I once had a friend – who had a very successful ACHA career as a defenseman with good two-way skills — explain to me that he, personally, would choose to cover the constantly-moving Nicklas Backstrom or TJ Oshie instead of the almost-stationary Ovechkin. You have to hope, he says, that you can distract the other two enough that they can’t get the puck over to the player who isn’t really moving.

If you watch Ovechkin carefully, though, his power play movement is mastery. He almost moves like a goaltender — although rather than making minute adjustments to square himself to the shot like the netminder does, he makes minute adjustments to keep himself open for a vulnerable scoring opportunity. When that puck does head his way, he’s in a perfect position to catch the goaltender off-balance with, like McDavid here, an immediate puck release.

The Mix

That kind of talent isn’t given enough credit in the NHL, but it seems that McDavid has it in spades.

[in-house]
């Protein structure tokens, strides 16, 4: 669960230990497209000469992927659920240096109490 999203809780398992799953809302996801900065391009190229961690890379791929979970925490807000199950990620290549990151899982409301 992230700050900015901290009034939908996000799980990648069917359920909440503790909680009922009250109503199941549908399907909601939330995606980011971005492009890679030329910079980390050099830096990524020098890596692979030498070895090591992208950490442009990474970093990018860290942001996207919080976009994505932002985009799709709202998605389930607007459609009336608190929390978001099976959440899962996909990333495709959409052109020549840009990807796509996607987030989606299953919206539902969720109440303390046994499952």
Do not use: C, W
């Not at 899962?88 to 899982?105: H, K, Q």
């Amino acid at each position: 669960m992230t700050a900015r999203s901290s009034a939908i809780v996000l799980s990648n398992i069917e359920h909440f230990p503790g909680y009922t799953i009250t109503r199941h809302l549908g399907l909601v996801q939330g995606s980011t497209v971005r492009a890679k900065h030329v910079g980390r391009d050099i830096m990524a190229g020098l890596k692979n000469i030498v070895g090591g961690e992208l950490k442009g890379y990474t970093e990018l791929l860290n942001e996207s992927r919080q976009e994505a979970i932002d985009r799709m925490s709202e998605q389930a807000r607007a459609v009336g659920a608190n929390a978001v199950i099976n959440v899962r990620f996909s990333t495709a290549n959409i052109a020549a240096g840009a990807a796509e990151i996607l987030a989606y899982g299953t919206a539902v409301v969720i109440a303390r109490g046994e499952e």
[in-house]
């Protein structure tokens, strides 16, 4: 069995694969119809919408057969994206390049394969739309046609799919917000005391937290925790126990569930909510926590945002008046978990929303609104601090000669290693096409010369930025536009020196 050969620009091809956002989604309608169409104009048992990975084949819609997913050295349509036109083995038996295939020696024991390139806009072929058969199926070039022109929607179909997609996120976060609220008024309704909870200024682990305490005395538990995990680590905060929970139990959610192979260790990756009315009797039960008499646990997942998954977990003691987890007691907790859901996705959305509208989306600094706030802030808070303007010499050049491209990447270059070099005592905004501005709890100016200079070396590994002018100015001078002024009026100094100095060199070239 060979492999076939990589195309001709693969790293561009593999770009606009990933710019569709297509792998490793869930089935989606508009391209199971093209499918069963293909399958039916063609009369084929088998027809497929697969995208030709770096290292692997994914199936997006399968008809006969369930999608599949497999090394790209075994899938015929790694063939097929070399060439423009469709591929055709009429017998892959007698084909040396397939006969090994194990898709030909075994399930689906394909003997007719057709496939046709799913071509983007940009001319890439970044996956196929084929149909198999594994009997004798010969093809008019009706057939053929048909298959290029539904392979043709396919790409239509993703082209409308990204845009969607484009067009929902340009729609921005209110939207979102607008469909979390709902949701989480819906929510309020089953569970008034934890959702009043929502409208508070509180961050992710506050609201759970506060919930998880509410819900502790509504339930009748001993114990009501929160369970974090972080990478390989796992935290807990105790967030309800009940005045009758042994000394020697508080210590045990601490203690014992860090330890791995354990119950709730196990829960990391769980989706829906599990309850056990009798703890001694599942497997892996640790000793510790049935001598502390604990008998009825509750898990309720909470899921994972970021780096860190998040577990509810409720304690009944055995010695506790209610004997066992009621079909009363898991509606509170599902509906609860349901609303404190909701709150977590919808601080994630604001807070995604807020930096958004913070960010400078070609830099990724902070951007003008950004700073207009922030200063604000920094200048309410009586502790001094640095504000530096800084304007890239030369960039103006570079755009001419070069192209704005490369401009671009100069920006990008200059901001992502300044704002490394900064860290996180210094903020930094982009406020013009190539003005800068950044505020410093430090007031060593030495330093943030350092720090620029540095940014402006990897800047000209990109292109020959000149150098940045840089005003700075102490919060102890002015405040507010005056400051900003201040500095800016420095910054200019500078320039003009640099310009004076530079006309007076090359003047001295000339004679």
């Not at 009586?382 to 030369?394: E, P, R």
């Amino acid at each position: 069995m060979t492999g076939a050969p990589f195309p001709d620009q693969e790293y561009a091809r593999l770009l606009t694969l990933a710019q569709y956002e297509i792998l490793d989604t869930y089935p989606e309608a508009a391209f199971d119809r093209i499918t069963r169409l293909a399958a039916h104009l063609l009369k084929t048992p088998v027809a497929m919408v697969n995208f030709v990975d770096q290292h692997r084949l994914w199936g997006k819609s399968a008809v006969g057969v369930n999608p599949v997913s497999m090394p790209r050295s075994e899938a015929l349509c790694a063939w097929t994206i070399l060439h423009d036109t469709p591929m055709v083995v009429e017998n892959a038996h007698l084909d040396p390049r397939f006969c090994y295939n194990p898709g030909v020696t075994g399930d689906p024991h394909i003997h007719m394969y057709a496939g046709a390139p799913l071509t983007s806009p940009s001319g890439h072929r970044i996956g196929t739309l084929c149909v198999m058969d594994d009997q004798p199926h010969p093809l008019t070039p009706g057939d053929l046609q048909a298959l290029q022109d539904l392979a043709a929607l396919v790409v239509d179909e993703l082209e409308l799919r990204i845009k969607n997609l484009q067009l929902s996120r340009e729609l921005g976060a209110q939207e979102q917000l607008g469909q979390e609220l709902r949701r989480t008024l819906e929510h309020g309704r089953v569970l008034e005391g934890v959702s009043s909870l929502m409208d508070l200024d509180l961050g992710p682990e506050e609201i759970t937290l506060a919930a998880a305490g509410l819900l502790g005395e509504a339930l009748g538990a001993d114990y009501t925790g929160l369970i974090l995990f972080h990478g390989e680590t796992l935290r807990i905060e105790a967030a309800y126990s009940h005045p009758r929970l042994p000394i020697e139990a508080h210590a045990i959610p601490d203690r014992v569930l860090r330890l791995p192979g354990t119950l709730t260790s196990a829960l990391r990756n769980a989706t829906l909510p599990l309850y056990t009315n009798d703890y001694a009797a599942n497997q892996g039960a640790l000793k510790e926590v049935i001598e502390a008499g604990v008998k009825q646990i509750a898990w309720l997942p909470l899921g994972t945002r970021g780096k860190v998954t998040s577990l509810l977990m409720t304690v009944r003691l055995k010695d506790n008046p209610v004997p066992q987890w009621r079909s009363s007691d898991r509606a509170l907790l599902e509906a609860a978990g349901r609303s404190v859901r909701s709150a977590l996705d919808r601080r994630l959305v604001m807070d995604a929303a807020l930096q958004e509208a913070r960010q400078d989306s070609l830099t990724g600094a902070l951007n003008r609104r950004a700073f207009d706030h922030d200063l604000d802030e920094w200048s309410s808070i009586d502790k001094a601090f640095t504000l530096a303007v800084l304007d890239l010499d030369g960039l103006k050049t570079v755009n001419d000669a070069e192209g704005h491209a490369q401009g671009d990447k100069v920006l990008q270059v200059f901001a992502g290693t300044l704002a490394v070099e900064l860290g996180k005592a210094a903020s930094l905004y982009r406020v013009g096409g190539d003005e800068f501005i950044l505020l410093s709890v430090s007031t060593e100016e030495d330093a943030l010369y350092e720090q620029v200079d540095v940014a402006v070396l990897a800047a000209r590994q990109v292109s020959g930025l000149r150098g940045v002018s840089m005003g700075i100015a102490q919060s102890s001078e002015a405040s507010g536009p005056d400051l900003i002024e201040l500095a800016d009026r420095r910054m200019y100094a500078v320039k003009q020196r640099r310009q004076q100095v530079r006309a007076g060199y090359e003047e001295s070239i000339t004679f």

It’s more than just an accurate release, soft hands, or elite speed. That kind of talent is a deep, nuanced understanding of goaltender angles, movement patterns, and overall spatial awareness of the ice surface.

When a player is in the ‘right place, right time’ like this, catching a quick pass from a talented linemate off of a chance rebound, 9 times out of 10 they’re likely going to be just truly lucky. With McDavid, though, there’s very little reason to believe that he wasn’t fully aware of the space he had for a second opportunity with Smith — and for a goaltender, that’s lethal.

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Goal 2: